The results of non-sustainable development policies in Sardinia are visible. About half of the territory of Sardinia is threatened by the desertification process, and groundwater resources are quantitatively more than surface water. However, the concentration of nitrates in the water is higher than the allowed threshold according to EU regulations, mainly due to pollution (Ghiglieri and Da Pelo, 2016). Considering the state of degradation of the soil in the areas of now-closed mines, a report to the UN’s Food And Agriculture Organization (FAO) makes a stark remark (Aru, Tomasi and Vacca, 2006):

“The soils involved, initially highly fertile, have been irreversibly contaminated. The superficial horizons now show high values of lead, and significant amounts of zinc, manganese and cadmium.”

Non-sustainable tourism has also become an environmental problem (Aru, Tomasi and Vacca, 2006):

“The tapping of aquifers in coastal areas, which has skyrocketed with the boom in tourism, is not properly managed. Unfortunately, the excessive drain on underground water has altered the balance with marine waters, provoking saline intrusions that contaminate aquifers and cause saline deposits on soils.”

Also, Sardinia hosts a large number of military sites, in particular weapon test ranges, which are a danger both to the health of the people living nearby and the ecosystem (Zucchetti, 2005; Cristaldi et al., 2013).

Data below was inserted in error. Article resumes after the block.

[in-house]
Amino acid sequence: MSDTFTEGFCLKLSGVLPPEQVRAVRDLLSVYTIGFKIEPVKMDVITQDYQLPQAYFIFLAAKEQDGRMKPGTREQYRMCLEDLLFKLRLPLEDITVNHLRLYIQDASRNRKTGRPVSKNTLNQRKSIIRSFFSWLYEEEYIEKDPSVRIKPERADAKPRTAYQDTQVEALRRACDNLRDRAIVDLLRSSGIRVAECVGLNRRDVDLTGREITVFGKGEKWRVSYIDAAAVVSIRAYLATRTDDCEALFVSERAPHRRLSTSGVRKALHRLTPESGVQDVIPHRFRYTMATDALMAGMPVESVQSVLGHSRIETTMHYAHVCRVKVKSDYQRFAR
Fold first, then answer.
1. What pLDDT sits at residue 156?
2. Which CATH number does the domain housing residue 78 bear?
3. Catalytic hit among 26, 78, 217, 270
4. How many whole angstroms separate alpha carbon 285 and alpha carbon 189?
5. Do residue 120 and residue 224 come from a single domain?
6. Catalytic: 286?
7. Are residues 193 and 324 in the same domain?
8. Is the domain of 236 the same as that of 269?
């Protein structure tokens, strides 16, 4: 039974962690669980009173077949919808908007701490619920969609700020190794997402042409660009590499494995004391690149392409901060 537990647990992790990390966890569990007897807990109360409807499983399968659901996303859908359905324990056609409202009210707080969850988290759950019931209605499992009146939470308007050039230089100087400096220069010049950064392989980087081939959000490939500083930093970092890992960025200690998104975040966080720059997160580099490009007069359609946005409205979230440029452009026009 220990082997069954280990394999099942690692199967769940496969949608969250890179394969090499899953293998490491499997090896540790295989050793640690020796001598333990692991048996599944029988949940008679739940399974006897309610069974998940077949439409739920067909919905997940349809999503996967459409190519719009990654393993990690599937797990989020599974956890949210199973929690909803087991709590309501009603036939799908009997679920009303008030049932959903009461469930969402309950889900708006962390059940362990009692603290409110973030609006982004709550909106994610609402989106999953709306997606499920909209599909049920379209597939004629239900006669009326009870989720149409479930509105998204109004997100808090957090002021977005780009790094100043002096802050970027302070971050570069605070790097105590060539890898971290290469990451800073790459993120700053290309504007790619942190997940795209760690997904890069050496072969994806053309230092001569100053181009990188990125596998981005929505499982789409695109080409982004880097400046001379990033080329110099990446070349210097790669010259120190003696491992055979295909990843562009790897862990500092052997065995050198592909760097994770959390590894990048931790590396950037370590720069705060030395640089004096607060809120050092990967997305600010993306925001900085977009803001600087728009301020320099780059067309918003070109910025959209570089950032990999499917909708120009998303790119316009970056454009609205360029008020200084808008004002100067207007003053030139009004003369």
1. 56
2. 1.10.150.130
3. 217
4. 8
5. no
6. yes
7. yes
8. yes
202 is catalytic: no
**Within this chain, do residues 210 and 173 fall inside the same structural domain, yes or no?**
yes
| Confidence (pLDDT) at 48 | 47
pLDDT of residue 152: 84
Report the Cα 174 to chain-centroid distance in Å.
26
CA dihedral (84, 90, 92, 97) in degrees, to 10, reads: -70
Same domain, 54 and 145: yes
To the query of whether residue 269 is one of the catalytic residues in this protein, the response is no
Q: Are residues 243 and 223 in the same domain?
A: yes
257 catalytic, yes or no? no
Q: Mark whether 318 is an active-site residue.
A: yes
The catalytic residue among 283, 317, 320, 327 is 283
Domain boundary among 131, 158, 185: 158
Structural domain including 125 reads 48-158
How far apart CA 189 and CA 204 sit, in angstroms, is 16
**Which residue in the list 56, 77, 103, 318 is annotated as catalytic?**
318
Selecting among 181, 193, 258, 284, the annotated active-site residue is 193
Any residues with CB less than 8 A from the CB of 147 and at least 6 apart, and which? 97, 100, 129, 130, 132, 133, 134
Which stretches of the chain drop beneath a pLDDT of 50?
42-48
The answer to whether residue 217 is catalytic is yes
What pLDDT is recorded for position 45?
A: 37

For all these reasons, Sardinia desperately needs actual sustainable development policies, before it’s too late.


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Biagi, B., Dettori, B., Paci, R. and Usai, S. (2019). Economic development in Sardinia: overcoming the insularity gap. Centro Ricerche Economiche Nord Sud (CRENOS) Working Papers. University of Cagliari, University of Sassari, p. 2.

Cristaldi, M., Foschi, C., Szpunar, G., Brini, C., Marinelli, F. and Triolo, L. (2013). Toxic Emissions from a Military Test Site in the Territory of Sardinia, Italy. International Journal of Environmental Research and Public Health, 10(4), pp. 1631–1646.

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Fang, F., Nguyen, T.H., Pickles, R., Lam, W.Y., Clements, G.R., An, B., Singh, A., Schwedock, B.C., Tambe, M. and Lemieux, A. (2017). PAWS — A Deployed Game-Theoretic Application to Combat Poaching. AI Magazine, 38(1), pp. 23–36.

Farnsworth, A., Sheldon, D., Geevarghese, J., Irvine, J., Van Doren, B., Webb, K., Dietterich, T.G. and Kelling, S. (2014). Reconstructing Velocities of Migrating Birds from Weather Radar – A Case Study in Computational Sustainability. AI Magazine, 35(2), pp. 31–48.